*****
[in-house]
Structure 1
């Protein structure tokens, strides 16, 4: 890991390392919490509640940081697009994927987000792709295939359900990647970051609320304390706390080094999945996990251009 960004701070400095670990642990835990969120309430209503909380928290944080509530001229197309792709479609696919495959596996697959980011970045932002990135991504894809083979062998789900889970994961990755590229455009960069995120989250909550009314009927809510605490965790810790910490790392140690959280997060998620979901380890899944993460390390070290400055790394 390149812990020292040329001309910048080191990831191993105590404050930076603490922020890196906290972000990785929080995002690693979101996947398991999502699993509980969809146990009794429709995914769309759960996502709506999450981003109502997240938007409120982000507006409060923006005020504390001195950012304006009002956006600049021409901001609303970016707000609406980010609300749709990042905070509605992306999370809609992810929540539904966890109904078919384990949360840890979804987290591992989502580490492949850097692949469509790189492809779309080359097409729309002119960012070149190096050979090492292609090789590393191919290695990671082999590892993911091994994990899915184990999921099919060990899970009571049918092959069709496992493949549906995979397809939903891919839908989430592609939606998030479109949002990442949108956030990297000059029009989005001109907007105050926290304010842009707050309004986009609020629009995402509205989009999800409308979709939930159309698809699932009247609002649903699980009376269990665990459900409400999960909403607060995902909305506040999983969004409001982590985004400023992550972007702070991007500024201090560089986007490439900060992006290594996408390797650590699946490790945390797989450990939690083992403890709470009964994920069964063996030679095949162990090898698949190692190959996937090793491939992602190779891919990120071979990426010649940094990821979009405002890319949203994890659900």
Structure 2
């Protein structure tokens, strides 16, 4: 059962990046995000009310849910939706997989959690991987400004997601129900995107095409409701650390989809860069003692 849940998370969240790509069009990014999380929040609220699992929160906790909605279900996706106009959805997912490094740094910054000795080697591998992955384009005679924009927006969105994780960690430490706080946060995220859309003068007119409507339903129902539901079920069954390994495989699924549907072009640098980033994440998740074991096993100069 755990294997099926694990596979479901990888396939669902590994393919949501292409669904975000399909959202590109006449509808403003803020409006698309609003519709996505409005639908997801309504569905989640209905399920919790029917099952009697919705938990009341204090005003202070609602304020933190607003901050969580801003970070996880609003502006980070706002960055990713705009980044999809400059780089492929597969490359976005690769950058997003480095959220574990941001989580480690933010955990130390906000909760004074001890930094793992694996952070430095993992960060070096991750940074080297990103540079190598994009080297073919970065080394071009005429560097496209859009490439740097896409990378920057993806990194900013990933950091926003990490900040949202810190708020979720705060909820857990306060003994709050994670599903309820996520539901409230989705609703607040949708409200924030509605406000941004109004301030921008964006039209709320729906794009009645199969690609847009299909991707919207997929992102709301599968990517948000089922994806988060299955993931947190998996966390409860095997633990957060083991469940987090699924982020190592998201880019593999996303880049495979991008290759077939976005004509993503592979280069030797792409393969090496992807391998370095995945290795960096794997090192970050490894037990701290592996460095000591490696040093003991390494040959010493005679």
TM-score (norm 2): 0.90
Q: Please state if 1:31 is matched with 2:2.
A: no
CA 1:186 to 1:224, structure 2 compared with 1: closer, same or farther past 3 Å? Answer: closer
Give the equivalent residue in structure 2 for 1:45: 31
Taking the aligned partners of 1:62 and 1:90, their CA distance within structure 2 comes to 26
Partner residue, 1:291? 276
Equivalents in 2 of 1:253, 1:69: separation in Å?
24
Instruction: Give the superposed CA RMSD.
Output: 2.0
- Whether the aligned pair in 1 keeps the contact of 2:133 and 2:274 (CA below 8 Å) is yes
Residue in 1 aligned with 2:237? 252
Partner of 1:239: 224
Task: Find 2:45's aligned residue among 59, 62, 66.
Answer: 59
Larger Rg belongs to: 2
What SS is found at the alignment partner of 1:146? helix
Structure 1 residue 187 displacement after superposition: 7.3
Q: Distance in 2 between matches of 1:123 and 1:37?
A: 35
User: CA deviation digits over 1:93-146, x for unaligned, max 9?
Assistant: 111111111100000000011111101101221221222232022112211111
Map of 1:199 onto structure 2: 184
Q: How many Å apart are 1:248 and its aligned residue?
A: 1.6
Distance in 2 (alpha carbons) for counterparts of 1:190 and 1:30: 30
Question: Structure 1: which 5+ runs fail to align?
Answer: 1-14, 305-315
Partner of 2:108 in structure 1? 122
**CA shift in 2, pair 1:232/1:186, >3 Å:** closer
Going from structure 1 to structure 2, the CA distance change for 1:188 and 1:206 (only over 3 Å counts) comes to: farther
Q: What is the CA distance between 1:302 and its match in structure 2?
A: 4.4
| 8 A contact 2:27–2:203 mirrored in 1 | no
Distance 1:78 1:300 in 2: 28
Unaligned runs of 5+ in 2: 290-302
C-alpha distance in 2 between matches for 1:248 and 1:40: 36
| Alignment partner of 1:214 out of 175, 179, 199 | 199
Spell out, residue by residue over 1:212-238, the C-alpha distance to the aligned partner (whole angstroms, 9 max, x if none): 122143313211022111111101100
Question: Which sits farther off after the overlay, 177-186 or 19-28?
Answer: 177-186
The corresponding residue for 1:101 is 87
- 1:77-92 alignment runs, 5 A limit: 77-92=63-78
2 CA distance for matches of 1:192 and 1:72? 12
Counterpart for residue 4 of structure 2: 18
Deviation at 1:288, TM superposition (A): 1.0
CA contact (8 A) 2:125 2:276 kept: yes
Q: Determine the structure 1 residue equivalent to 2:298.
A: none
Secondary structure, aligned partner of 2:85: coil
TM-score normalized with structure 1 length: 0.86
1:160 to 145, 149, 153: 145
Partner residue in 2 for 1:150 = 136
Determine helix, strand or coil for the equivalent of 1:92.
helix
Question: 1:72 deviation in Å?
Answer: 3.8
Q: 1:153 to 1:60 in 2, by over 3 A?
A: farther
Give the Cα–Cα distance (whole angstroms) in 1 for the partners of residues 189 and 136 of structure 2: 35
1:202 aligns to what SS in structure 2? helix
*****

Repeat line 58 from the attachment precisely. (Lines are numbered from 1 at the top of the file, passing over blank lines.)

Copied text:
1:160 to 145, 149, 153: 145